Client Configuration


The DHCP side of the client requires no specific additional changes, unless (like me) you want the client's name to appear in the local DNS server (which requires ISC's DHCP server V3 coupled to named). This being the case, you need to add a line to your interface configuration file. In my case, both eth interfaces use DHCP, so the file /etc/sysconfig/network-scripts/ifcfg-eth1 has the following contents:-


where the significant change for here is the line DHCP_HOSTNAME='sporty' line, indicating that this machine's name will be sporty and will appear in the local DNS server as

Conceptually one could use different names for each DHCP enabled interface. I haven't tried, and don't know what other problems it might introduce.


This section assumes the use of FreeS/WAN IPSEC implementation. Others will, of course, have different configurations.

I split my configuration file into two parts. The main file, /etc/ipsec.conf contains the general configuration for this end of the link. Then the directory /etc/ipsec contains per connection data for the remote end. This removes a great deal of redundant data from the main configuration file.

FreeS/WAN's installation generates a default configuration which is close to what is needed. The following only shows the critically different sections. The distribution includes a large amount of documentation, and is quite helpful to understand the configuration.

Firstly, the important parts of the file /etc/ipsec.conf are shown here:-

config setup
        # THIS SETTING MUST BE CORRECT or almost nothing will work;
        # %defaultroute is okay for most simple cases.

conn %default keyingtries=0

# Per destination details are dragged in with the following. include /etc/ipsec/remote.*.conn

# sample VPN connection conn home-net # Left security gateway, subnet behind it, next hop toward right. left=%defaultroute # Identify ourselves to the other end # Right security gateway, subnet behind it, next hop toward left. # Details are in the files included by the above include. # Our public key. leftrsasigkey=<our public key, from /etc/ipsec.secrets>

The interfaces line will use the default route, specifically the device for the default route. Setting the keyingtries to 0 means that connections attempts to the other end will be repeated ad infinitum. The include line will drag in all files matching remote.*.conn from the directory /etc/ipsec This directory contains the connection information for the remote end, including addresses and public key information.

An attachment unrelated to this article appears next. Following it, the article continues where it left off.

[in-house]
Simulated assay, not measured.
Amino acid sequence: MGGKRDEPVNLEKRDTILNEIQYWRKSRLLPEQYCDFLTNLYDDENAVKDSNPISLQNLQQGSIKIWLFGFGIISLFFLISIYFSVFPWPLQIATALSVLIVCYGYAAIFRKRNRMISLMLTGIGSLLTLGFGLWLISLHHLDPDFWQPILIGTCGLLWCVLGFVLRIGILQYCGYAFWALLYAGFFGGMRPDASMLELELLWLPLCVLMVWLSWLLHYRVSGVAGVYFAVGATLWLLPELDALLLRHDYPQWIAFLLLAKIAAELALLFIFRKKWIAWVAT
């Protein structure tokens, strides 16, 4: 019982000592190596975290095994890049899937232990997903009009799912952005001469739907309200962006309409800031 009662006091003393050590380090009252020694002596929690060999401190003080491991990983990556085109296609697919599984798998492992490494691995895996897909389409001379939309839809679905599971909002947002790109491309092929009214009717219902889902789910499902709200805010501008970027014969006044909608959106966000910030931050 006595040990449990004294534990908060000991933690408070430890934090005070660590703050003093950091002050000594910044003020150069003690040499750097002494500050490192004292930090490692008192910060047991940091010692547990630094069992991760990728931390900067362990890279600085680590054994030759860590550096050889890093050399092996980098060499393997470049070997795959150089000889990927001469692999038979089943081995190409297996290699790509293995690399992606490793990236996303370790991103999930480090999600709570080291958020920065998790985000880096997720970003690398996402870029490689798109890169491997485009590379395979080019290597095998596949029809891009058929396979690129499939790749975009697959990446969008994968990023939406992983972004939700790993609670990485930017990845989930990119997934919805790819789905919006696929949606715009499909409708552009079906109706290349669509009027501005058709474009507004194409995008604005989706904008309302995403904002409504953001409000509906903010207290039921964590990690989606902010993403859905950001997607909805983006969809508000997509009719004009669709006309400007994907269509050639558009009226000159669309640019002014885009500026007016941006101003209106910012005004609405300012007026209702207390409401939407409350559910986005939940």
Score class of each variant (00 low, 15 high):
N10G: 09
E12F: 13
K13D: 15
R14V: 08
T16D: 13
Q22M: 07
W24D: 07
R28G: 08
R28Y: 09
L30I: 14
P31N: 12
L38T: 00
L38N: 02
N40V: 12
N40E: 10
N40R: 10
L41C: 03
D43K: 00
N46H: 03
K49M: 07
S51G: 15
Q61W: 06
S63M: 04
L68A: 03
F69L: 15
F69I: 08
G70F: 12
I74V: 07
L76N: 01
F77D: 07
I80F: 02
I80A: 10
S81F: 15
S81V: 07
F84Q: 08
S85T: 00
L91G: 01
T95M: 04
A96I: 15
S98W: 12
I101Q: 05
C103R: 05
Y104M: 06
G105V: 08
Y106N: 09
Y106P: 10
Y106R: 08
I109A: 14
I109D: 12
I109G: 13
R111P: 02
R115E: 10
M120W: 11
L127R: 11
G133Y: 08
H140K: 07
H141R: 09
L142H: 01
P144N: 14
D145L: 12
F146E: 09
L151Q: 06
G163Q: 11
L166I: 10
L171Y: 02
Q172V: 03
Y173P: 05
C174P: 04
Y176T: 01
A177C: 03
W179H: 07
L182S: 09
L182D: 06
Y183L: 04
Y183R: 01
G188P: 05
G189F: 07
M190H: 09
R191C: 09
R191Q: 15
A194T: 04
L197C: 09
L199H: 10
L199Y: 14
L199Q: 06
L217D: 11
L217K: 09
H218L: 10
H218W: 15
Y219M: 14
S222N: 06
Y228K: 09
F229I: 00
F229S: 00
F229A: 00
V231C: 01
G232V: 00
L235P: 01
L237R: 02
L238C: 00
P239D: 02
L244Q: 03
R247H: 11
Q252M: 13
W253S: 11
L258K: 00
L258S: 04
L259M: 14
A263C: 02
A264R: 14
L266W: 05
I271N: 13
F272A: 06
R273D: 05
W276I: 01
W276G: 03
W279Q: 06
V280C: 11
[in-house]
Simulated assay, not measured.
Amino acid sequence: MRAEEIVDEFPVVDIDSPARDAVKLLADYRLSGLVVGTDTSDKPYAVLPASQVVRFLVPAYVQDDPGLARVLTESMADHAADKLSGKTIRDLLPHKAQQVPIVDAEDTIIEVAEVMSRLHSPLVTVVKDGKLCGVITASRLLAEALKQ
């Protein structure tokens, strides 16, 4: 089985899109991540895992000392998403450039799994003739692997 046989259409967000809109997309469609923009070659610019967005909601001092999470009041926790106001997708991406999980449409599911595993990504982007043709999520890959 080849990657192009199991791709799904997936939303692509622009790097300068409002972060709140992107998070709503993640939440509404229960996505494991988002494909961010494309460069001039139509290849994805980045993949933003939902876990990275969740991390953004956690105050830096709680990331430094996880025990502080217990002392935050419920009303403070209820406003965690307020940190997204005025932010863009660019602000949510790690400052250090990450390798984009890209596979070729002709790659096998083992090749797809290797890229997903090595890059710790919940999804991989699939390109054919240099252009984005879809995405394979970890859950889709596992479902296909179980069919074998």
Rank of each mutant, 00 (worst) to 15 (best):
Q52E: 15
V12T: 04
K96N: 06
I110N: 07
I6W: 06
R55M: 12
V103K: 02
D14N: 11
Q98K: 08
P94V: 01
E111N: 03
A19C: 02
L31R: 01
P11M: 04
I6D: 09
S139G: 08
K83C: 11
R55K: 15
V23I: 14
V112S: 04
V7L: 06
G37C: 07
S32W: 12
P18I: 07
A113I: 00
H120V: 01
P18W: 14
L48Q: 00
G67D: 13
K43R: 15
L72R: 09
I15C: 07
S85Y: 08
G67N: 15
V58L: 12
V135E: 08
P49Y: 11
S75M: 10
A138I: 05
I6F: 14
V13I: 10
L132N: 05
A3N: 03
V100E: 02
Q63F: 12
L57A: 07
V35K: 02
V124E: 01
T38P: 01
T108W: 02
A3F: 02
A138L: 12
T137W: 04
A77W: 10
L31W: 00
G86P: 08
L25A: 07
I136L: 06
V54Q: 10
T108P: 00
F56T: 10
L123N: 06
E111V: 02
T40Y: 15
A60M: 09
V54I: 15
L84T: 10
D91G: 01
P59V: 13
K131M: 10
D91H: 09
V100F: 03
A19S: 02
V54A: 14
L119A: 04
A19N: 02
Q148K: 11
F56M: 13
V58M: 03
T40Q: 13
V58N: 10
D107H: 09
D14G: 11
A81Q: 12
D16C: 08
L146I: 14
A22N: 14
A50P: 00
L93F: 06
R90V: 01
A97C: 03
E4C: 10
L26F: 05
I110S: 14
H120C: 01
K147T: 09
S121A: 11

Finally, the conn section contains little more than the definition of this end of the tunnel. There may be multiple entries here, such as one for work, one for home etc. The individually included files specify which of these to use.

A typical file from the /etc/ipsec directory is this one, remote.jackie.conn and is the file defining the connection to 'jackie', the internal IPSEC server. Its contents are:-

# Connections from 'sporty' to jackie over the wireless link
# Data in this file is specific to the remote machine.
conn jackie-sporty
        #  Limit keylife, just to make it harder.
        # Right security gateway, subnet behind it, next hop toward left.
        # Left is the wireless machine, defined in the main file.
        # Couple this data to the 'home-net' section in main config file.
        #  An identity string for the gateway.
        #  jackie's public key
        rightrsasigkey=<jackie's public key>
        # Authorize and start this connection at startup.

Note that the keylife parameter ensures the keys (used to encrypt traffic only) are changed about every hour - there is some random variation in the exact time. The rightnexthop parameter specifies a direct connection to the laptop from the server. The rightsubnet= line specifies that all traffic is directed over the link. This is almost correct; the changes that IPSEC makes to the routing table means that all traffic on the network of the underlying device are not sent via IPSEC, which is necessary to avoid an infinite loop.

The also=home-net adds in the "our end" definition included in the main configuration file above. And, obviously, you need the public key for the far end.

DHCP And IPSEC Together
Server Configuration I

Version: $Revision: 1.2 $; Updated at 15:47 EST on Tue Apr 11, 2006
Copyright (C) 2002 - 2006, Lindsay Harris